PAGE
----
The U.S. and the Philippines engaged in what the Office of the U.S. Trade Representative called “constructive discussions” on a number of trade issues at the latest meeting under their bilateral trade and investment framework agreement.

In an effort to expeditiously address issues concerning agriculture, intellectual property rights protection, customs, and investment, the two sides agreed to take follow-up actions and closely monitor progress. In its most recent trade barriers report USTR raised the following concerns on these issues with respect to the Philippines.

- agriculture: “unscientific requirements” on frozen meat, which is primarily imported; delays in the issuance of required sanitary and phytosanitary permits

- IPR: increasing online piracy, counterfeit drugs, weak provisions in patent law that may preclude the issuance of patents on certain chemical forms, slow investigation of IPR-related cases, judicial inexperience handling IPR enforcement cases

- customs: irregularities in the valuation process, 100 percent inspection and testing of some products, officials requiring payment of unrecorded facilitation fees

- investment: higher export performance requirements on foreign-owned enterprises than Philippine-owned companies when providing incentives under the Investment Priorities Plan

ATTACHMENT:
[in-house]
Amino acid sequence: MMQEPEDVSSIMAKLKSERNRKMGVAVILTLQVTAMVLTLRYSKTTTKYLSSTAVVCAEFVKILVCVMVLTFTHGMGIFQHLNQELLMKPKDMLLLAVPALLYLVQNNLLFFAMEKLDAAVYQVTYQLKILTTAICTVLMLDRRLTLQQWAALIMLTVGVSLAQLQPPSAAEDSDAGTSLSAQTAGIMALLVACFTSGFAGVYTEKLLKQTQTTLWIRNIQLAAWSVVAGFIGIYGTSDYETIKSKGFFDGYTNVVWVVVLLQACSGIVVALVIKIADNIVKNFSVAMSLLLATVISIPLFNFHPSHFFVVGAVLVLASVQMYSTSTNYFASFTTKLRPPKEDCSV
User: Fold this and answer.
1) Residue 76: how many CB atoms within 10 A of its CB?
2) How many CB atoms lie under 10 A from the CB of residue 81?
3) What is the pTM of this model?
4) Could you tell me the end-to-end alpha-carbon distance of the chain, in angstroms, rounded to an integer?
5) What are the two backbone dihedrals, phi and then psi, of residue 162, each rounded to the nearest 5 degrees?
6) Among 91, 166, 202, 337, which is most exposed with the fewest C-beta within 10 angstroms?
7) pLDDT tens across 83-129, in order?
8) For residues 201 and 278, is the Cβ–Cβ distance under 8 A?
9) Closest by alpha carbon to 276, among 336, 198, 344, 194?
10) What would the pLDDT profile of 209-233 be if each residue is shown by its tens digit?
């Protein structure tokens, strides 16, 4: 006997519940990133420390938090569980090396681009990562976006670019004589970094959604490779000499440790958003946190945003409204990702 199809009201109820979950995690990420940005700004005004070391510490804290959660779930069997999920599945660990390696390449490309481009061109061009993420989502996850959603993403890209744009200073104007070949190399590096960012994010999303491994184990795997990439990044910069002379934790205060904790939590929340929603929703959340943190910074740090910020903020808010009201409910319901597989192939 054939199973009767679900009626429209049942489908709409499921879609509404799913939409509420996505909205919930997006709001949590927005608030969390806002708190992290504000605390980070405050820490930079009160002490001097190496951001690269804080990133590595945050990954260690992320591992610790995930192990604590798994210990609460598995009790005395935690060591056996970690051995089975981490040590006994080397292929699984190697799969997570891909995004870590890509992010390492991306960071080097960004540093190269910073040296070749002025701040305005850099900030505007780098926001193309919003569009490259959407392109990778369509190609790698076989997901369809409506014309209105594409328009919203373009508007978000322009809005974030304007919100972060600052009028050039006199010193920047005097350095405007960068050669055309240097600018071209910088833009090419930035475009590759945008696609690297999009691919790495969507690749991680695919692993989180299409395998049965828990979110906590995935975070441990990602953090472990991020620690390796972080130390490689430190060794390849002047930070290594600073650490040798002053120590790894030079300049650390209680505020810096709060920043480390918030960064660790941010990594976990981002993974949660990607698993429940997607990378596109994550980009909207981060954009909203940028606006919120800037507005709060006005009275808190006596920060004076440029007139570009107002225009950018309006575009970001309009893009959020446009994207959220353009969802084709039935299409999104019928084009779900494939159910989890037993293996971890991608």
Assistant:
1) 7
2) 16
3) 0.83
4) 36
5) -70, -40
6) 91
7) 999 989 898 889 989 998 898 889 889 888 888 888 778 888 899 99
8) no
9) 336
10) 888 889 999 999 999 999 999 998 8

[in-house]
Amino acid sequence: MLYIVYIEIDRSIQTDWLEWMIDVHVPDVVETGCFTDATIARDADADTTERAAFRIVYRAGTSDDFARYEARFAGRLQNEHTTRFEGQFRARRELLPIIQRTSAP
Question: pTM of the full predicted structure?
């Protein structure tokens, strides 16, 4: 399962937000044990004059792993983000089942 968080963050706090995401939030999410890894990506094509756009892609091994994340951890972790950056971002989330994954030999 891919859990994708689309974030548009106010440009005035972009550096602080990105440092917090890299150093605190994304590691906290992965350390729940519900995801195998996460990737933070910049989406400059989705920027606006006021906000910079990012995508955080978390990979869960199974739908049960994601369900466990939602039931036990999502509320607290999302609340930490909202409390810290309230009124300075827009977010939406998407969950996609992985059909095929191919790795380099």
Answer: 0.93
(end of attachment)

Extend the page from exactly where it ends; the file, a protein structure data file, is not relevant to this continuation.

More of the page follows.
Officials also discussed regional and global trade developments, including the Philippines’ progress in implementing the World Trade Organization’s expanded Information Technology Agreement and Trade Facilitation Agreement. In addition, they agreed to work closely together to further the U.S.-ASEAN trade and investment agenda. These topics are largely the same as those the two sides addressed at the 2016 TIFA meeting.

Goods trade between the U.S. and the Philippines totaled $18.2 billion in 2016, an amount that officials said they would work to increase. They also agreed to “work together to foster free, fair, and balanced trade between them,” although USTR noted that the U.S. trade deficit with the Philippines in 2016 was just $1.8 billion, down 23.3 percent from the previous year.

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